Introduction: Wireless Dance Costume

Creating a wearable costume which can transmit wireless data can be a fun and useful, especially for dance performances.  A team of us created a dance shirt which measures arm position (bend sensor) and force on the wrist (pressure sensor).

You will need the following:
  • Conductive Thread
  • LilyPad 
  • LiPower
  • Lithium-Ion Battery
  • 2x LilyPad XBee Breakout Board
  • 2x XBee
  • 6 pin header
  • 2x 15K Resistor
  • Flex Sensor
  • Pressure Sensor
  • Shirt

Step 1: Setup XBee Modules

We need to designate one XBee as the Coordinator and one as the End Device (AT MODE).  Soldering a 6pin header to a LilyPad XBee Breakout allows for easy programming with the standard USB-FTDI connector which comes with the LilyPad Pro.  We used XCTU  to program the XBee units.  Make sure the high and low destination address of the End Device is 0.  This ensures that the End Device communicates with the Coordinator.  It is also suggested to name your own Node Identifier, this must be done on BOTH the Coordinator and the End Device.  For a great tutorial on programming XBee please consult Ladyada.  (Note: XCTU works under wine for linux)

Step 2: Measure Bend Sensor

 Measure the bend sensor in flexed and non-flexed positions.  We measure 13.1K when lying flat and 43.8K when bent.  (You should probably do this prior to sewing in the sensor)

Step 3: Voltage Divider

 A voltage divider 

Analog Input Value = (+ side of lilypad) * (Flex Sensor)/( Z1 +Flex Sensor) 
or in our Min and Max Values from Flex Sensor were: 13.1K 43.8K . Therefore, we should expect
Min and Max Voltages of 2.3V and 3.7V.  (These values will be converted into a value between 0 and 1023 by the LilyPad)

The same method is used also used for the Pressure Sensor.  For more information please read the adafruit tutorial.

Step 4: Sensors and Resistors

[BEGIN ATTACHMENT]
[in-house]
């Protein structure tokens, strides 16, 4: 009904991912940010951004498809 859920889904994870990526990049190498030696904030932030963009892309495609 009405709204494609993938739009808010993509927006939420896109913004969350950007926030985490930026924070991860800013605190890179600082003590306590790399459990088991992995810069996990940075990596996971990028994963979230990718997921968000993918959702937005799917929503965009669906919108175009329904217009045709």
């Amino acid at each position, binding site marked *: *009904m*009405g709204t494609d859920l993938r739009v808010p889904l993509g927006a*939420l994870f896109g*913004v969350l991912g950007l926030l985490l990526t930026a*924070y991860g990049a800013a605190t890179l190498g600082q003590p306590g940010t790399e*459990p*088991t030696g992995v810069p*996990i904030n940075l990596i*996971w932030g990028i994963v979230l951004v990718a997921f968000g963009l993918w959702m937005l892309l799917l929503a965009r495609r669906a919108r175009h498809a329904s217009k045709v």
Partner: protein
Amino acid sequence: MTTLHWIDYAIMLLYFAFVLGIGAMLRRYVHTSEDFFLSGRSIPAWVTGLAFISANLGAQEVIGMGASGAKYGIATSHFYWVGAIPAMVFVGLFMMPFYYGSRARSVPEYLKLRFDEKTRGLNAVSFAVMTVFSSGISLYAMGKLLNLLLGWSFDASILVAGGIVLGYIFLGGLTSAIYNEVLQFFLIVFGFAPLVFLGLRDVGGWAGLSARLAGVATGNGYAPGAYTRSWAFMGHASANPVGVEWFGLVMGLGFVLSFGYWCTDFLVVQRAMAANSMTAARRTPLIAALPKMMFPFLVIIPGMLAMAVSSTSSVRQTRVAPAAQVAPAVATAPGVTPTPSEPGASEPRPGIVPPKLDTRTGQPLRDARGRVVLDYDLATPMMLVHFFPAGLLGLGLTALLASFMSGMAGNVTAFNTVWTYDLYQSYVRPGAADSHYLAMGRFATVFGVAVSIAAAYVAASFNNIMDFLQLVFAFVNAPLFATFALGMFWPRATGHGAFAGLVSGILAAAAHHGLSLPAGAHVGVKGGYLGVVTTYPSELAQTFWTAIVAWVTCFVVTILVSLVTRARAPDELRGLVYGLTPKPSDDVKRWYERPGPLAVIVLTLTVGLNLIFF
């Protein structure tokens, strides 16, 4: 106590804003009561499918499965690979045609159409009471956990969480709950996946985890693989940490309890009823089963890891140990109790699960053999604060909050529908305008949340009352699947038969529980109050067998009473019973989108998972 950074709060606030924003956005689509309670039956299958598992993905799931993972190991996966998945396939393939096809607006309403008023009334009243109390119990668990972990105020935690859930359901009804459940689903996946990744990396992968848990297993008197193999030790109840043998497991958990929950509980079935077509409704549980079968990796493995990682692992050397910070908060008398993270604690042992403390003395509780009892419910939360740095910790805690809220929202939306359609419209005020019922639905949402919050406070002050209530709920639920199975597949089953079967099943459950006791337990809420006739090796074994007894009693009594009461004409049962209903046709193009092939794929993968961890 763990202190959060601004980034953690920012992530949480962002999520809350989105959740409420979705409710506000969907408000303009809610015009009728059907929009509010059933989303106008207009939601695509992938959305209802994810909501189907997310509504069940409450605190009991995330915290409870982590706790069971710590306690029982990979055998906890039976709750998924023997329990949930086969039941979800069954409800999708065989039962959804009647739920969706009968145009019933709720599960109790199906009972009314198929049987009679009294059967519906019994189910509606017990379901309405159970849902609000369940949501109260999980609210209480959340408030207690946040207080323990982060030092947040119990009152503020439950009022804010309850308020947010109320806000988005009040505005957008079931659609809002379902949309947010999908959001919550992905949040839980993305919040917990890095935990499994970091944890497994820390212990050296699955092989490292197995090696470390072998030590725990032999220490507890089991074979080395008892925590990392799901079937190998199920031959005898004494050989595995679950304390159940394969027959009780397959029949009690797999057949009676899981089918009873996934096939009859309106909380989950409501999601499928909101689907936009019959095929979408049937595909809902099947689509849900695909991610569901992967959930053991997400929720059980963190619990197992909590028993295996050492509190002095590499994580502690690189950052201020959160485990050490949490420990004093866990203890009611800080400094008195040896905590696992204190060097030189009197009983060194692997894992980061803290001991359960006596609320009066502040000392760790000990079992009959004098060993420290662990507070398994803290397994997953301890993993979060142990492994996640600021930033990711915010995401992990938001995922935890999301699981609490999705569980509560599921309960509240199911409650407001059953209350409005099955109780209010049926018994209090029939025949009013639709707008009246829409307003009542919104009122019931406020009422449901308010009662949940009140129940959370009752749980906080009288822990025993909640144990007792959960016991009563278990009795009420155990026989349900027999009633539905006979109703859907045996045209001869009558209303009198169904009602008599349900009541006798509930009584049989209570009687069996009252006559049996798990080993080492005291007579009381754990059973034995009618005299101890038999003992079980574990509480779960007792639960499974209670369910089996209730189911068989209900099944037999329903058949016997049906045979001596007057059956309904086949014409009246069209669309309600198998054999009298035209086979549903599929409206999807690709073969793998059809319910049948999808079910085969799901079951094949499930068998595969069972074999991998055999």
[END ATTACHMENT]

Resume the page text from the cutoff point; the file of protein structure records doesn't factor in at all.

Both the Pressure Sensor and the Flex Sensor have tiny leads which can not be sewn into.  Soldering a tiny wire to each lead can be tricky but will allow us to form a loop through which we can sew.

We also need to solder a 15K resistor (for each sensor) from the + side of the LilyPad to an analog input pin.  For this project we used Analog Input pins 0 and 2, so we need a 15K resistor from +-> a0 and another 15K resistor from + -> a2 

Step 5: Time for Sewing!

We have to sew the following together:
  • LilyPad to LiPower
  • XBee Breakout to LiPower
  • LilyPad to XBee Breakout
  • Flex Sensor to LilyPad
  • Pressure Sensor to LilyPad
The costume (Amy designer sewed 10 lines in all.

Step 6: Program and Test Wireless

With the Arduino programming environment we can tell the LilyPad to get the analog values from Analog Inputs 0 and 2, store and operate on the values, then send any information we want to the XBee connected to a computer.  

Let's test the wireless communication.  Plug in the XBee and XBee Breakout Board with 6 pin header into an ftdi-usb chip then into your computer.  Load your favorite Serial Terminal Program.  I use a flavor of Linux so cutecom is my choice. ( For Windows check out HyperTerminal, I think Zterm works with OSX.)

I have provided the PDE file used by Arduino to demonstrate sending values from the flex and pressure sensors.

Step 7: Time for Play!

If you have successfully transmitted data from your sensors you can control (map movements) to anything you desire.  Again, we were using this in a dance piece and a composer at IU (Eric Lindsay) wrote a program in Max/MSP to read in the data from the Serial Port.  He kindly provided a highly annotated patch for you to learn from.   (Note: the serial port in max gets mapped to a letter.  In the picture below the XBee is mapped to port a.)

This project was a team effort:

Composer: Eric Lindsay
Costume Designer: Amy Burrell and Jay Garst
Choreographer: Utam Moses
Software and Hardware Designers: Benjamin Zaitlen and Alex Jacobs

The piece was supported by Indiana University (Prof. Kylie Peppler) and performed at the Buskirk-Chumley Theatre.

This material is based upon work supported by the National Science Foundation under Grant No. 0855886. Any opinions, findings, and conclusions or recommendations expressed in this material are those of the author(s) and do not necessarily reflect the views of the National Science Foundation.